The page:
Representing women with secondary breast cancer

Maxine's picture
Posted by Maxine in BCNA, on 26 Nov 2013, 02:22PM

A few weeks ago I had the wonderful opportunity to represent BCNA members at the European Society of Oncology Conference on Advanced Breast Cancer in Lisbon.

This conference meets every two years to set international guidelines regarding the treatment of advanced secondary breast cancer, (known in Australia as secondary breast cancer).

There were 1,000 delegates from 71 countries who came together to listen and consider presentations regarding the latest trials and evidence about what is the best clinical approach to treating those whose cancer has spread to other parts of the body.  It was very reassuring to see so many people working so well together to reach agreement on the best treatment approaches.

I was invited and supported by the European Society of Oncology to participate in the six member organising committee for the patient advocate program.  It was so good to see 68 patient advocates from 49 different organisations in 25 countries around the world participating.  Advocates representing the voices of women who have secondary breast cancer was considered a very important part of the guideline development.

The patient advocate sessions were really active.  I was very proud to share information about the work BCNA does to support women with secondary breast cancer particularly about our key resource, Hope and Hurdles.  There were many common themes from patient advocate organisations about dealing with secondary breast cancer.  Themes included; cost of treatment, the management of the side effects of treatment, the importance of good and honest discussion with treating doctors and health professionals and the importance of involving patients and family in treatment decisions.  It was interesting that many countries do not have cancer registries and those that do, like Australia there was an agreed need for better data collection on secondary breast cancer. 

With patient advocate organisations from around the world there was obviously a great variety of health systems which greatly influences access to treatment and access to new and expensive drugs.    For example the patient advocate organisation from the Philippines said one of their problems was that patients are not being cared for by an oncologist, let alone a breast specialist. 

In summary a great event with all 1,000 participants at the conference dedicated to improving outcomes for the complex and diverse challenges faces by women with secondary breast cancer.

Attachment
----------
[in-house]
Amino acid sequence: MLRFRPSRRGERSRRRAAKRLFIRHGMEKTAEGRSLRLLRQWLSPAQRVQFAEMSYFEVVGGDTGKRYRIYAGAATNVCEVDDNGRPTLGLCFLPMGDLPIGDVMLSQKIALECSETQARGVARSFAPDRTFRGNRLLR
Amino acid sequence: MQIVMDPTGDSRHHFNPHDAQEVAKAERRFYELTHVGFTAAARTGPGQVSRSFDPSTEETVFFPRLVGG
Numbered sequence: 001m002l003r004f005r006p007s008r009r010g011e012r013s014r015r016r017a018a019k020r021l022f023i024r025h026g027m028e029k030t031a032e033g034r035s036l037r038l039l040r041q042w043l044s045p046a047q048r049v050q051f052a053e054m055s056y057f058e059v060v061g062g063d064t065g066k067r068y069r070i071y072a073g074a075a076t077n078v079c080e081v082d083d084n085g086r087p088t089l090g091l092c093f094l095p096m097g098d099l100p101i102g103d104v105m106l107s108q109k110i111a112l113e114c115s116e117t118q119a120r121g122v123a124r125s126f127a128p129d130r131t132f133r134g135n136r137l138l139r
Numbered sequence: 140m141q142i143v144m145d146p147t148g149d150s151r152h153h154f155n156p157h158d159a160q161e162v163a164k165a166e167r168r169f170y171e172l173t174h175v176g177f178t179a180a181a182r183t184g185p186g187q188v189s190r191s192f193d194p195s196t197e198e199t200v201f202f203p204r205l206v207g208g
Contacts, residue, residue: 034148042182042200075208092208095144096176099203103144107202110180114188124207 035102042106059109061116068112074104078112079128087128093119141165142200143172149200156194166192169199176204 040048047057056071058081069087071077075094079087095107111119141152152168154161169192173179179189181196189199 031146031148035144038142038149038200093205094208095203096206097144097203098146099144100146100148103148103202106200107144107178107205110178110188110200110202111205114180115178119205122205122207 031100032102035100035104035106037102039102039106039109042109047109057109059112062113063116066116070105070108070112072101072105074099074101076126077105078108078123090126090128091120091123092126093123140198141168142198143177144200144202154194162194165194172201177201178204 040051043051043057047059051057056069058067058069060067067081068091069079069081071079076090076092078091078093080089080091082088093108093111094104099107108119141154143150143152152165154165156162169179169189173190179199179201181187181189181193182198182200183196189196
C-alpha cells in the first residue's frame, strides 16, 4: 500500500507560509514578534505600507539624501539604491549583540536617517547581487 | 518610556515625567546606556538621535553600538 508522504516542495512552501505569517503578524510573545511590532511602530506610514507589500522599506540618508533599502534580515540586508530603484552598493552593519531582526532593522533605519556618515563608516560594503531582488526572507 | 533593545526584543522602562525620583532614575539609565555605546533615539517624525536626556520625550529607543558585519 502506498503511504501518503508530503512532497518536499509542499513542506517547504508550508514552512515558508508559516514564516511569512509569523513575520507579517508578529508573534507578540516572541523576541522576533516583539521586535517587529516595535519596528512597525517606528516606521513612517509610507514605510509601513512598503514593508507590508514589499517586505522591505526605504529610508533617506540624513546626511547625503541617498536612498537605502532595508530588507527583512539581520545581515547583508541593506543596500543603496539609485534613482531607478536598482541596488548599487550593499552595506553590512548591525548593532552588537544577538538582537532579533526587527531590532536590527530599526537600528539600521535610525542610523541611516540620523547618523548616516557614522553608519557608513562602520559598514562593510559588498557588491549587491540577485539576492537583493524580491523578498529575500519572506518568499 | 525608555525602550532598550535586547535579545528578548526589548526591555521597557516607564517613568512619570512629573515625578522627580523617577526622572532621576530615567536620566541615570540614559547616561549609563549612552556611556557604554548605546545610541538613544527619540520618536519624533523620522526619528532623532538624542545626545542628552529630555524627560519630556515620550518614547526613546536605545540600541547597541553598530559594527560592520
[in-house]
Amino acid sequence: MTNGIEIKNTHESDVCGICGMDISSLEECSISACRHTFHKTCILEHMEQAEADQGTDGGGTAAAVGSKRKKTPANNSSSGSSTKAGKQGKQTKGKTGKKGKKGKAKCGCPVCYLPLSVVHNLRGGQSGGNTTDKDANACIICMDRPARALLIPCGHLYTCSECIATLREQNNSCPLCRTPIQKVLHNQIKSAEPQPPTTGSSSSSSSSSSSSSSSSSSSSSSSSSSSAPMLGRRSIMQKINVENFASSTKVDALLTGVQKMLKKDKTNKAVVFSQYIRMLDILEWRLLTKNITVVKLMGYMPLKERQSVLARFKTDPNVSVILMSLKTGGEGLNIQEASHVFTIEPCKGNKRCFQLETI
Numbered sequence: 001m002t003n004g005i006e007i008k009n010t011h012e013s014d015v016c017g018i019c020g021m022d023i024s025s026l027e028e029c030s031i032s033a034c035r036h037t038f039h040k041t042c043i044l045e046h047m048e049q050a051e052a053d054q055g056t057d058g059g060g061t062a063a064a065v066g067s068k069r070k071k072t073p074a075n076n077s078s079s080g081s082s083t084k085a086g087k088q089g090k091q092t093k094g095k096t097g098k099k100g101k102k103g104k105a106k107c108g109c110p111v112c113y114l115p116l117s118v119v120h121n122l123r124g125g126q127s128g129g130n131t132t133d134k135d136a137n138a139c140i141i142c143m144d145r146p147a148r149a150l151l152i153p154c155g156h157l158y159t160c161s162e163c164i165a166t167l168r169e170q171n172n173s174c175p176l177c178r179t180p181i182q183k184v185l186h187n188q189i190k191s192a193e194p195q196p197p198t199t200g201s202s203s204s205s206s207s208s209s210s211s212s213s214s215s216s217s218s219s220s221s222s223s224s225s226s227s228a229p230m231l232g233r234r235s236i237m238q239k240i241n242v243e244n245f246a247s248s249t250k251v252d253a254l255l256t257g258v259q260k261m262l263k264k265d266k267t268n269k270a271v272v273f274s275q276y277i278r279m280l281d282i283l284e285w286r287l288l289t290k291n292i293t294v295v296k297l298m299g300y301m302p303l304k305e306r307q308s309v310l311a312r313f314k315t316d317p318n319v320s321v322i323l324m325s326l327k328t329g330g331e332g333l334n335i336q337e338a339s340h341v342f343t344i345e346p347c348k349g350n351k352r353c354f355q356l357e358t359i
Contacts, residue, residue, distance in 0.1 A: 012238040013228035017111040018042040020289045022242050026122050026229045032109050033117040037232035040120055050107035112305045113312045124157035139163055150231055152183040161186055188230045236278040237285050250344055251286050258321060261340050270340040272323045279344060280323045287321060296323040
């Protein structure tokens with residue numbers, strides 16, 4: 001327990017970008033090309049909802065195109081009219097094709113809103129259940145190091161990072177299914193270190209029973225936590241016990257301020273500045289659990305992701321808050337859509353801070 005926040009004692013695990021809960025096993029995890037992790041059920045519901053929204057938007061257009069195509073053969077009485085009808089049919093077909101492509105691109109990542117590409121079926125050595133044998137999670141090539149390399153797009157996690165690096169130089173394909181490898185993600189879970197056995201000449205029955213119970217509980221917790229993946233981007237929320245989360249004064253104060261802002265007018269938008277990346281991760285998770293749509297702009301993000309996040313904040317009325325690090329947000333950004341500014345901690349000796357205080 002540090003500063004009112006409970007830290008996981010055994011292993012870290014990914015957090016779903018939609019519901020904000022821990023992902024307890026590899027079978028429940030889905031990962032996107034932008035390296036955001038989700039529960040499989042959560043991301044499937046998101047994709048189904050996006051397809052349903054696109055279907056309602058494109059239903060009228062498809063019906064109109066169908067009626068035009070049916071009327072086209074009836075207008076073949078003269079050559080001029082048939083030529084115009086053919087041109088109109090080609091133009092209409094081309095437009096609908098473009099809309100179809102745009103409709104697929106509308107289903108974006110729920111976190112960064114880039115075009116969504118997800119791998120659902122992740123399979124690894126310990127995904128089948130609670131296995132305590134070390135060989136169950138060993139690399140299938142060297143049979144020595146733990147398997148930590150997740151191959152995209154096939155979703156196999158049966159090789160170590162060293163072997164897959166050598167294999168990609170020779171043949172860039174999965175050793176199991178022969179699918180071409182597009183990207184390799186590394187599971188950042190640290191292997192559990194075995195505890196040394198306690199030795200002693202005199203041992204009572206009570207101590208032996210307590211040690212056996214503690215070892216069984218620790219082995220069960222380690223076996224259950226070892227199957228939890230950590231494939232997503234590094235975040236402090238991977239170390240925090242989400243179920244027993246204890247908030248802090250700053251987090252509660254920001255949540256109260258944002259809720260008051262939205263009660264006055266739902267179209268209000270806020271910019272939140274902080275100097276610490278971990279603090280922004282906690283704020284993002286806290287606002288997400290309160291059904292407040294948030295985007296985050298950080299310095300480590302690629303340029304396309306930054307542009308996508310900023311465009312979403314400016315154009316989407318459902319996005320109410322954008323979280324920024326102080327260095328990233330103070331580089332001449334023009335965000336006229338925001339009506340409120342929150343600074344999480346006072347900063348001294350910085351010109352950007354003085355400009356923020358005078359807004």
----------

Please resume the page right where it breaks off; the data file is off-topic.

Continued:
~ Maxine

2 members recommend this post


shereejoy's picture

Does Australia currently have this registry for secondary breast cancer?

Lisbon Conference

ejacinta's picture

great to have a representative at this conference. Will there be a space where you share papers and longer reports?

thanks. Jacinta


francesca_maree's picture

Maxine, thanks a for representing us "ugly sisters" (that's how we feel) with secondary breast cancer at Lisbon, but there is no such register in Australia. You might be surprised to find out that if you request stats on secondary breast cancer, such as how many of us are living with the disease, what's our average age, how long we live for, etc etc, that nobody can give you an answer, because those stats are not just kept in Australia.
The Hopes and Hurdles pack is a great resource, (the previous version that I received, however, was not... It pictured an elderly woman on the cover and talked a lot about dying) but that's really not enough. It doesn't scratch the surface.
We know that 7 of us die every single day in Australia, but that seems to be the only statistic collected. Swept under the carpet with a wash of pink "early detection is the key" fabric softener that nobody hears about, and we - the ones that are dying - think that nobody cares about us.
It's much prettier, and "pink-er" to talk about success stories; those that were lucky enough to be detected early and now be free of disease. What about those of us that were young when diagnosed with stage 4? No early detection for us. And those that were detected early, did everything right and STILL go on to develop stage 4 cancer with no rime or reason but worst possible luck. This early detection mantra makes those of us who are dying from the disease think we've done something wrong. Has anyone ever considered that?
Please campaign to genuinely represent and collect stats on Secondary Breast Cancer.